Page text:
When a bandmate in a group called Swipe adopted a belligerent performance persona, telling crowds that they were listening to “Angry Swipe,” Mr. O’Rourke protested from the stage. “He was like, ‘No, we’re not. We’re not angry,’” the band member, Alan Wieder, said. “It made him very uncomfortable that I was mean.”
Offstage, Mr. O’Rourke was a prolific dabbler, straddling disparate orbits. He was socially conscious but not especially political, “other than whatever kind of politics were being talked about in Fugazi,” a former roommate, Jeff Ryan, said, naming one of Mr. O’Rourke’s favorite groups.
He often kept a musician’s rollicking hours — “He liked to drink beer,” Mr. Wieder said, “not in the Brett Kavanaugh sense” — but also rowed crew, requiring him to rise by 4 a.m. for practice on the Harlem River. He was an English major skilled enough with computers to introduce roommates to the culture of early-1990s chat rooms, once pranking a girlfriend by posing as a romantically interested woman online.
“I kind of have a boyfriend,” the girlfriend, Katherine Raymond, recalled typing back to the person she did not know was Mr. O’Rourke, as he sat in an adjacent room. Then she heard a shout through the wall: “What do you mean you kind of have a boyfriend?”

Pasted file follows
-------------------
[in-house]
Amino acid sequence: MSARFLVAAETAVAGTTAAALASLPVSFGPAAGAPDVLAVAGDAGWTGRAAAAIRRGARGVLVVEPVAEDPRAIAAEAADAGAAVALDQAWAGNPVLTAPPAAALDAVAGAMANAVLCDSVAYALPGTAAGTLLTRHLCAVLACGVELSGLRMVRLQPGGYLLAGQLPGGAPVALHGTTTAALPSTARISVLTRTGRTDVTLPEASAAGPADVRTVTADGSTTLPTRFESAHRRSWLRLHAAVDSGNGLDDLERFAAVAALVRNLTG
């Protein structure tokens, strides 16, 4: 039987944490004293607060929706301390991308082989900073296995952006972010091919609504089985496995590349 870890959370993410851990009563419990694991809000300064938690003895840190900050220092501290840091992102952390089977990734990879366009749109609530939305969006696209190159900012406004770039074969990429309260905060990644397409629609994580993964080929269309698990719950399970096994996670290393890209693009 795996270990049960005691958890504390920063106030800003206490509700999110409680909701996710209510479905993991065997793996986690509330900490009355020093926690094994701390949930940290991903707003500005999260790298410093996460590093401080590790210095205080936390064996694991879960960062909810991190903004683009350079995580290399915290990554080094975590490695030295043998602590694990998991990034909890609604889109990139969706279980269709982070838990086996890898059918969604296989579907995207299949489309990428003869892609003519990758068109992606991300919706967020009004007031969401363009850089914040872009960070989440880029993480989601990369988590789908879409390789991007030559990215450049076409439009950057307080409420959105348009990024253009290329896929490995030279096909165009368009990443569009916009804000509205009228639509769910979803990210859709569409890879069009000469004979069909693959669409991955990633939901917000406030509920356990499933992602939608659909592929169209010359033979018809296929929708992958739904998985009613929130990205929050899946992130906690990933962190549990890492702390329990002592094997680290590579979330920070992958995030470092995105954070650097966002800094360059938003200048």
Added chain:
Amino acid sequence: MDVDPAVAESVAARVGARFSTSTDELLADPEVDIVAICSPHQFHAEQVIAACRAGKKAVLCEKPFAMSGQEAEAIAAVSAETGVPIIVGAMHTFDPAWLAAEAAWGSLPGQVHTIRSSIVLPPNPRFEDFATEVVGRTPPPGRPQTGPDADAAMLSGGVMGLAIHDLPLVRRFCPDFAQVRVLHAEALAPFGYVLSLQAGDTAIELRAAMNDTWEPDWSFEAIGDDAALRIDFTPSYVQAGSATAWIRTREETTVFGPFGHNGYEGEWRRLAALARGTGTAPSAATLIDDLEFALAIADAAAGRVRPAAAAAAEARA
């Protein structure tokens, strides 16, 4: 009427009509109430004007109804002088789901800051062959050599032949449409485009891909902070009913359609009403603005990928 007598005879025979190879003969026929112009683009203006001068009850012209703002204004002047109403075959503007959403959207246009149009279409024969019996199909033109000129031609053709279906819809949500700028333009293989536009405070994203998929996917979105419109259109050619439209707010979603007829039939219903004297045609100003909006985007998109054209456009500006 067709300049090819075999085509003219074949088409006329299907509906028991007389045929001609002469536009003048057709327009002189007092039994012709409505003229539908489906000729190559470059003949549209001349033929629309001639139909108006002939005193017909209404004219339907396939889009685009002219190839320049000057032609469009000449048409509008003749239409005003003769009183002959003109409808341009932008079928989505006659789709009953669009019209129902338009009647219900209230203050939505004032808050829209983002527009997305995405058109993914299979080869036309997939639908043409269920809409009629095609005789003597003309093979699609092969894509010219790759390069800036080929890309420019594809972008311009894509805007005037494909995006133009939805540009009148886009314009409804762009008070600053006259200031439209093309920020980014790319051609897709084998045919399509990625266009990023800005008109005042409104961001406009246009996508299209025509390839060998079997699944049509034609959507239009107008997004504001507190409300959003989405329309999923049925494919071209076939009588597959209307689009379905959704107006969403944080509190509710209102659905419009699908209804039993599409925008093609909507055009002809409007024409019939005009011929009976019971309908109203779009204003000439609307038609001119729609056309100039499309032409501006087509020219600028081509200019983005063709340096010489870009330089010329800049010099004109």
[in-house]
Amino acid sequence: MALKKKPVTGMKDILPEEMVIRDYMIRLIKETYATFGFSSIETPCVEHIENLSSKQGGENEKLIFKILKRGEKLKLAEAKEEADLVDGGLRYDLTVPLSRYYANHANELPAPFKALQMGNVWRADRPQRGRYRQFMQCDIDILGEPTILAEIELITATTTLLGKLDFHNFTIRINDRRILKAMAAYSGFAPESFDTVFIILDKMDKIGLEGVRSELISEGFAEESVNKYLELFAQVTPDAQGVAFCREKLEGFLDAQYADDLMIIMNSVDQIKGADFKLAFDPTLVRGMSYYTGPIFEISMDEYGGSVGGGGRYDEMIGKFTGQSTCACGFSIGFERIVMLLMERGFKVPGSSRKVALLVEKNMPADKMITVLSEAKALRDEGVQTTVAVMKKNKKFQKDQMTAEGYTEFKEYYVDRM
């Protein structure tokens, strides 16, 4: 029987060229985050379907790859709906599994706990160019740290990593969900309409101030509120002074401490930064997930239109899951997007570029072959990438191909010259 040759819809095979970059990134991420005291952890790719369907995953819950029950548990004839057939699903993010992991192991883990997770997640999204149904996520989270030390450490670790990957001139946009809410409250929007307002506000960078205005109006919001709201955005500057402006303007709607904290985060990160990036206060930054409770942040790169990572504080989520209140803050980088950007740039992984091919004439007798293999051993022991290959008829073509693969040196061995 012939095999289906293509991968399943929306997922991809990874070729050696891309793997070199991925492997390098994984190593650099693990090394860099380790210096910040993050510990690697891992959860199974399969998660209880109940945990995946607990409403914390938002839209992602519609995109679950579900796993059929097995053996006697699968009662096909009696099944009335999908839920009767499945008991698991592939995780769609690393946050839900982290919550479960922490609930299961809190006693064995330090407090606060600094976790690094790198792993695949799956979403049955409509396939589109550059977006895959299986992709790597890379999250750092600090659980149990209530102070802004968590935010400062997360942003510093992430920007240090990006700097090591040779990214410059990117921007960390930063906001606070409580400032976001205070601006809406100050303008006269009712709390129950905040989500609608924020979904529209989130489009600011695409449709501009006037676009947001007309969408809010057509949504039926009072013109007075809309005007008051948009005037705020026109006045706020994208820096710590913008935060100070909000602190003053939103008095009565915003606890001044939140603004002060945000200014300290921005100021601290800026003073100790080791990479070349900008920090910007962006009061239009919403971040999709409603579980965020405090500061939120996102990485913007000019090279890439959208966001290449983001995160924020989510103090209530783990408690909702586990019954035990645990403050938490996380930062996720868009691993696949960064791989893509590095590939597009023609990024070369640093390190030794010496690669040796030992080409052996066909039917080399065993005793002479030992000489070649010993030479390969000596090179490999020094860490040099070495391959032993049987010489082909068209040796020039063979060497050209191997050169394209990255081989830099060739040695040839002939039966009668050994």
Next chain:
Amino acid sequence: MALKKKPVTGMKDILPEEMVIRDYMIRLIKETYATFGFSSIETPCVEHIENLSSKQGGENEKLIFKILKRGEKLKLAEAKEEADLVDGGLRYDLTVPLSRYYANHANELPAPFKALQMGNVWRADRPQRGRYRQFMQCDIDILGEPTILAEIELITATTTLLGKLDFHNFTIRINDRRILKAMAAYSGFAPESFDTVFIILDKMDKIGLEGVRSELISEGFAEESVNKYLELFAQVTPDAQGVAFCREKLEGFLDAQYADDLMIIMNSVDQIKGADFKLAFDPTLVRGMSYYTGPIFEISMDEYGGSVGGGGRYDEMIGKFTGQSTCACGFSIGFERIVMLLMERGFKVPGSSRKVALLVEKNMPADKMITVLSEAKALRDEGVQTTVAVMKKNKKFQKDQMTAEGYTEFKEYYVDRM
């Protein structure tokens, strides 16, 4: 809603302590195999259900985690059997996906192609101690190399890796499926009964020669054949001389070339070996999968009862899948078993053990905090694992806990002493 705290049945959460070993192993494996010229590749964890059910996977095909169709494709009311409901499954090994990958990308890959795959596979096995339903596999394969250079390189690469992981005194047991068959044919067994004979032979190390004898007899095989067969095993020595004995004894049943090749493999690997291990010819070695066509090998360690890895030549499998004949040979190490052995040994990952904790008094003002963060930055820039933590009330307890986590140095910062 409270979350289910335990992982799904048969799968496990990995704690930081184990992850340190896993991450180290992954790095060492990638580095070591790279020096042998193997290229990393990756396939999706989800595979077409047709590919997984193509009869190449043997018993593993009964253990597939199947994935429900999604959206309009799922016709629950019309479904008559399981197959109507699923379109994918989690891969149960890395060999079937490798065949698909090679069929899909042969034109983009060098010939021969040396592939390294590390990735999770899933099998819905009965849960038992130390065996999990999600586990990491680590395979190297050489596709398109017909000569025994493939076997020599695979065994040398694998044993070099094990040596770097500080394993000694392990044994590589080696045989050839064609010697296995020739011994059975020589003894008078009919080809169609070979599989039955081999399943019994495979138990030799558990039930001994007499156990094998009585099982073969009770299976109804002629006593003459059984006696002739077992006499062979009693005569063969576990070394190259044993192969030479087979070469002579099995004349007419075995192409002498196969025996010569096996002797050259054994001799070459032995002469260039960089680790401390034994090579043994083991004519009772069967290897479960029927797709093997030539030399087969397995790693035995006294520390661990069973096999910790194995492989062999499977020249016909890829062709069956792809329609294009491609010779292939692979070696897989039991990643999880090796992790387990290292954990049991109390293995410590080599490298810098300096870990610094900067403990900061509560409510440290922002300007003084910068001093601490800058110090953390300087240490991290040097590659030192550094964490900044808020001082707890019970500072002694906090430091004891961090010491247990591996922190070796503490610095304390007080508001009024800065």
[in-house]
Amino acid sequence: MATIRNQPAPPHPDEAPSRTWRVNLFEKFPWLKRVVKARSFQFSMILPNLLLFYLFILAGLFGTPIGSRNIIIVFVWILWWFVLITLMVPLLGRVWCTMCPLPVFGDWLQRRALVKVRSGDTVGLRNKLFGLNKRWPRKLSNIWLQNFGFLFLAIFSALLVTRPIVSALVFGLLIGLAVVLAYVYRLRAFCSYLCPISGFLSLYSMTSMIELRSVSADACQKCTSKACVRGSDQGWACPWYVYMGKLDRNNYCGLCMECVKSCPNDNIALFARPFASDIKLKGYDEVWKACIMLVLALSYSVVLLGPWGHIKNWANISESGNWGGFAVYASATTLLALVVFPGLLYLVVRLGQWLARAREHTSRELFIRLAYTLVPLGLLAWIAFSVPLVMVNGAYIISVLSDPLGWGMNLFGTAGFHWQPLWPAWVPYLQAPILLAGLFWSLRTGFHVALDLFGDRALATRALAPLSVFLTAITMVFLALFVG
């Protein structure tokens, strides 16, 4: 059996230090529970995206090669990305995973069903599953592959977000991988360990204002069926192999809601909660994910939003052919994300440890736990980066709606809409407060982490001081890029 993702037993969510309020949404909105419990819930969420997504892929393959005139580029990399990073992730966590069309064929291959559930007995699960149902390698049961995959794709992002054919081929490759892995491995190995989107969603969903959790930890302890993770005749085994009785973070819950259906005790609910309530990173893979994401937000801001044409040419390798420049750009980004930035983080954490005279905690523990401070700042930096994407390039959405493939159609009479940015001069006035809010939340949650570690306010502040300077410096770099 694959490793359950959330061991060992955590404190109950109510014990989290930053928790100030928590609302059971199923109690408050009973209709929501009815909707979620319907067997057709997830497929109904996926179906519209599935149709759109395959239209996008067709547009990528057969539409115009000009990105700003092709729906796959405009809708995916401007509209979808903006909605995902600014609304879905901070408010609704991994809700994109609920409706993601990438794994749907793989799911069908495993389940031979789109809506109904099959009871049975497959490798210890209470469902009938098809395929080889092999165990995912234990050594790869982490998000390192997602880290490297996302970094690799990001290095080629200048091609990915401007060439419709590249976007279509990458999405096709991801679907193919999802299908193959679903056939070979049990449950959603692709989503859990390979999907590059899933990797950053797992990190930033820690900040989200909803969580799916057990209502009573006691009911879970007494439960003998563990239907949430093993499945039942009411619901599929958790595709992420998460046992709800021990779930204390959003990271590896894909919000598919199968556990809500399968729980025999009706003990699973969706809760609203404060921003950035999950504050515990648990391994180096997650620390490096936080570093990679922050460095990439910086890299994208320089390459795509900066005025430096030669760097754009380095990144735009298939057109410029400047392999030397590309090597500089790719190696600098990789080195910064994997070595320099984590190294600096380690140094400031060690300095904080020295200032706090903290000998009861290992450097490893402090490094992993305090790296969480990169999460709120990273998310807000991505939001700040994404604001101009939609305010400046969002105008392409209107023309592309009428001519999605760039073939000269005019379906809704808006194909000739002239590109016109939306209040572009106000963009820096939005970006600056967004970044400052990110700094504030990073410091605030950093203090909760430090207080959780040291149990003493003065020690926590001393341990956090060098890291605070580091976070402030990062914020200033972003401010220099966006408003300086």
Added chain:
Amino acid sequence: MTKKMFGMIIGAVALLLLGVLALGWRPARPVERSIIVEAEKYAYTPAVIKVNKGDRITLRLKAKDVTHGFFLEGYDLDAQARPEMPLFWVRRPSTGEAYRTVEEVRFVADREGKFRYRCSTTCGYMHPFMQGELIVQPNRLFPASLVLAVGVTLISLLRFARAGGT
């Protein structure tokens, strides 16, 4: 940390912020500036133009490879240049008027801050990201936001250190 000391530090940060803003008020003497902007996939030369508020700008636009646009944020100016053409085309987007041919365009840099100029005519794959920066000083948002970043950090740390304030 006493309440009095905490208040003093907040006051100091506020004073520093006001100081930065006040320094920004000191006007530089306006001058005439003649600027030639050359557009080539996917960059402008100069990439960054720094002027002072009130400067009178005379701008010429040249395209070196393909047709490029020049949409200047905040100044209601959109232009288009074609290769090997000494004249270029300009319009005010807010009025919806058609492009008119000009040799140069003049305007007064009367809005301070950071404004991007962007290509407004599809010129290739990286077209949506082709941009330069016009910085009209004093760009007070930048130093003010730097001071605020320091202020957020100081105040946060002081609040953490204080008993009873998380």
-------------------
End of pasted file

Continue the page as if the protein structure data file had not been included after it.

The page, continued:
The cover, left, and back cover, right, of “The El Paso Pussycats,” an EP by Foss that featured Mr. O’Rourke, left, with Arlo Klahr and Mike Stevens.
For a time, Mr. O’Rourke still thought that music might provide a long-term plan. Friends from El Paso, with whom he had toured, seemed committed to trying. One of them, Cedric Bixler-Zavala, later headlined successful groups like At the Drive-In and the Mars Volta.
But as he prepared to leave college, his hair now shorn a bit, Mr. O’Rourke seemed to accept that music would become more passion than profession. He took writing workshops. He read Greek tragedies (“the Greeks got me, man”). He attended astronomy class with Ms. Watson, his girlfriend at the time, despite not being enrolled.